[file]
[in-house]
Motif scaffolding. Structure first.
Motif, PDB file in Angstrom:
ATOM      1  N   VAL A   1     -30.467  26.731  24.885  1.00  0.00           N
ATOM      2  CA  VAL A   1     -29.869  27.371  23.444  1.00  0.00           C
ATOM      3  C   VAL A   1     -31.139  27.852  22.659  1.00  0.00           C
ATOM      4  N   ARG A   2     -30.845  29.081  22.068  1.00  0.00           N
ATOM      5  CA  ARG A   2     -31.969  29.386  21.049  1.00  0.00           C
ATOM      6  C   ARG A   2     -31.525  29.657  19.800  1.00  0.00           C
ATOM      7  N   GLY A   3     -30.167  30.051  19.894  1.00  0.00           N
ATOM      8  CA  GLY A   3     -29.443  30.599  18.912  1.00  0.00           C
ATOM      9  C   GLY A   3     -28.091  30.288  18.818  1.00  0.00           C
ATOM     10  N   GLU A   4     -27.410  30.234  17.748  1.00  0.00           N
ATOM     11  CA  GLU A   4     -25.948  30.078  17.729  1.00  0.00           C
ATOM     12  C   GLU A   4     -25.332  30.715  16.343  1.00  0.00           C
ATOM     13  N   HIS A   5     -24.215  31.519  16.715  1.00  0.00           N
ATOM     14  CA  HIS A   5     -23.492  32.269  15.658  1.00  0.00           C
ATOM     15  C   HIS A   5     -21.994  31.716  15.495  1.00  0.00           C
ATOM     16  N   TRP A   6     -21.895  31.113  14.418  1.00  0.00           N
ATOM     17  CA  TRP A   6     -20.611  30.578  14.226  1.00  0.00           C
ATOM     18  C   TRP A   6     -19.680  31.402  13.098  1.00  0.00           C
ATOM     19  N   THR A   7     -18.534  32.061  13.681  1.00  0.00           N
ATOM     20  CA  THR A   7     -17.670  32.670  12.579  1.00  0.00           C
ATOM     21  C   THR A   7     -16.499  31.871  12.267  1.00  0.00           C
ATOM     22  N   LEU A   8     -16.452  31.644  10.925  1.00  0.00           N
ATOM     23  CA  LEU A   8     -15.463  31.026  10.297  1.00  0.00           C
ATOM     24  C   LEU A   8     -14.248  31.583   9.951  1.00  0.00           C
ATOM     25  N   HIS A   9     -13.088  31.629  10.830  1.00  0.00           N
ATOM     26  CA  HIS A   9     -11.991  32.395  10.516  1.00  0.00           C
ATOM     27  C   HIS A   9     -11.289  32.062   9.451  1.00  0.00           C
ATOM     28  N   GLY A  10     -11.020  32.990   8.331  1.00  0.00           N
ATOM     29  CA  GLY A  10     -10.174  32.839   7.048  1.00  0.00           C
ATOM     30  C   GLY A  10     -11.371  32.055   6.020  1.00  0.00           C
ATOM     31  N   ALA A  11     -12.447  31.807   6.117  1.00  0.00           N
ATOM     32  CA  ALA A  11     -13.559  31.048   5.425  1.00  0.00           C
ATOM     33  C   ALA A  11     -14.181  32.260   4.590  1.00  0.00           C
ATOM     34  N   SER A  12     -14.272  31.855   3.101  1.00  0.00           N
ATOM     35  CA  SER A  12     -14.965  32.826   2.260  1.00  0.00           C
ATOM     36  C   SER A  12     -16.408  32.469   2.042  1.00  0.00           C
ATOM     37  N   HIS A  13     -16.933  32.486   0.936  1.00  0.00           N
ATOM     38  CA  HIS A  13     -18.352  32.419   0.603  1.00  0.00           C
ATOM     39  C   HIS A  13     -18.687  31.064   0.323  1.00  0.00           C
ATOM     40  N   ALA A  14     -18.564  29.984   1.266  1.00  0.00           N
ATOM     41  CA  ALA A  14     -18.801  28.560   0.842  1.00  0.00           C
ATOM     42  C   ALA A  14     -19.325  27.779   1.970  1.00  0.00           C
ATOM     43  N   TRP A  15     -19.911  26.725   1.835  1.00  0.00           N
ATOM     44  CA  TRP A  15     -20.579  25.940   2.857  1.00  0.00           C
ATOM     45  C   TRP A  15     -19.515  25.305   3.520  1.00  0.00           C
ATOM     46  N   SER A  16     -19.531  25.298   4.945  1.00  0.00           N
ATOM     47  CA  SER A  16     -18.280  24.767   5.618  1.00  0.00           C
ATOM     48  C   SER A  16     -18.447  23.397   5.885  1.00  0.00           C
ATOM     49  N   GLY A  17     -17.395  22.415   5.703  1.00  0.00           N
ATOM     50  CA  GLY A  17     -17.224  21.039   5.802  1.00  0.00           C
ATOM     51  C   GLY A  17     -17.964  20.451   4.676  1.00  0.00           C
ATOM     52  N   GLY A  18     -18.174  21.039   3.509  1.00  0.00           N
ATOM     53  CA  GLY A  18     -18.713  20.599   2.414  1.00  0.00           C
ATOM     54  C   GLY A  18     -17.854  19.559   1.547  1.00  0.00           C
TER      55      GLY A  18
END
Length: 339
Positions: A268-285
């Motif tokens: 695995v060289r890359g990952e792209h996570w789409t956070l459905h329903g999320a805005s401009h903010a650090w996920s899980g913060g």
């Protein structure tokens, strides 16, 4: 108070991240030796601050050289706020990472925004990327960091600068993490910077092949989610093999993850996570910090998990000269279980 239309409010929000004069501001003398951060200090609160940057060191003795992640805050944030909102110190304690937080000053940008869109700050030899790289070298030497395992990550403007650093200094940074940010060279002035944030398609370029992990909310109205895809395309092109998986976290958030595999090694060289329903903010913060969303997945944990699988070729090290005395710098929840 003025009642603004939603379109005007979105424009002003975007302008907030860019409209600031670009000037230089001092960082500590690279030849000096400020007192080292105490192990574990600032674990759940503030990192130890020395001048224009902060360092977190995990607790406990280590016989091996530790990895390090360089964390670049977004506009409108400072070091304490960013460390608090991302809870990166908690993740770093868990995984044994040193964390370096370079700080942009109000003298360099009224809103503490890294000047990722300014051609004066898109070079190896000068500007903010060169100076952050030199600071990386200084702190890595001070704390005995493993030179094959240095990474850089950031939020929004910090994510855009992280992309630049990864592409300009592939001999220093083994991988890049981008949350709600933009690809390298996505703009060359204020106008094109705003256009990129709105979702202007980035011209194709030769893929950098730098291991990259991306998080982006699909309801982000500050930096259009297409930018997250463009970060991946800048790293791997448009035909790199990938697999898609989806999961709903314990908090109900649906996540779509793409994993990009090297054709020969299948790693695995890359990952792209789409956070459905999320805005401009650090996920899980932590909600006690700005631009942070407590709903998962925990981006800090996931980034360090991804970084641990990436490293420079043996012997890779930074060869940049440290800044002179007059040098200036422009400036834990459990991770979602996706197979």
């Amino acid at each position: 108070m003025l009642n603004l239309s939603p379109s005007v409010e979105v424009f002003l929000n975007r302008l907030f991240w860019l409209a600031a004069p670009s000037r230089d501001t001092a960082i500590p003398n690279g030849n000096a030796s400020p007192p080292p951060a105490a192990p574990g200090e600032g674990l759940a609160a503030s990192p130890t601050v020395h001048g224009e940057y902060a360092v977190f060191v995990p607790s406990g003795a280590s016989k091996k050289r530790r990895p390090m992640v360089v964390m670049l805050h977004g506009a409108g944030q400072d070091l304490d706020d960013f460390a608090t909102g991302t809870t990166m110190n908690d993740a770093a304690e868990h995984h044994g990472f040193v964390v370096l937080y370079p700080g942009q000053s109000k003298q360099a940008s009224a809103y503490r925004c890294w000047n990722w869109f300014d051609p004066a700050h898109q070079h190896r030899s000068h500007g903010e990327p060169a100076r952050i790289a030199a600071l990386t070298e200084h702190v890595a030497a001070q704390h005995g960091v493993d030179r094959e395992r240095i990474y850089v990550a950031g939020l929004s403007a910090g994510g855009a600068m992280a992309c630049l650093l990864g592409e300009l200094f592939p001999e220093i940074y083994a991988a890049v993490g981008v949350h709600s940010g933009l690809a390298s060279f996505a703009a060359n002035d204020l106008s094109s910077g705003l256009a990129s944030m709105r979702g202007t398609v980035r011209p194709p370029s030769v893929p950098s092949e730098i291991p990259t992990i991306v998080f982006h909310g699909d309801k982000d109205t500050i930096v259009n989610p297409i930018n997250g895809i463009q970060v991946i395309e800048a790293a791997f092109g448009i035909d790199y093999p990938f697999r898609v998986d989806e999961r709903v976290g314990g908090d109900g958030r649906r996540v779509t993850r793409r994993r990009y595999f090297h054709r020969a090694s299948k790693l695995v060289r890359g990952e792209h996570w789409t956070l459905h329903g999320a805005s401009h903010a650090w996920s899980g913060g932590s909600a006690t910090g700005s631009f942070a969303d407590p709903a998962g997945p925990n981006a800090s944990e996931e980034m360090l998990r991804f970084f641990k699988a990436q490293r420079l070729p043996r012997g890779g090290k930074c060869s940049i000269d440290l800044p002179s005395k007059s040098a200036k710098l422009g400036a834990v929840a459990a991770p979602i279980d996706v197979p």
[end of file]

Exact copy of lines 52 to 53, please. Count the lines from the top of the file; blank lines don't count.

ATOM     49  N   GLY A  17     -17.395  22.415   5.703  1.00  0.00           N
ATOM     50  CA  GLY A  17     -17.224  21.039   5.802  1.00  0.00           C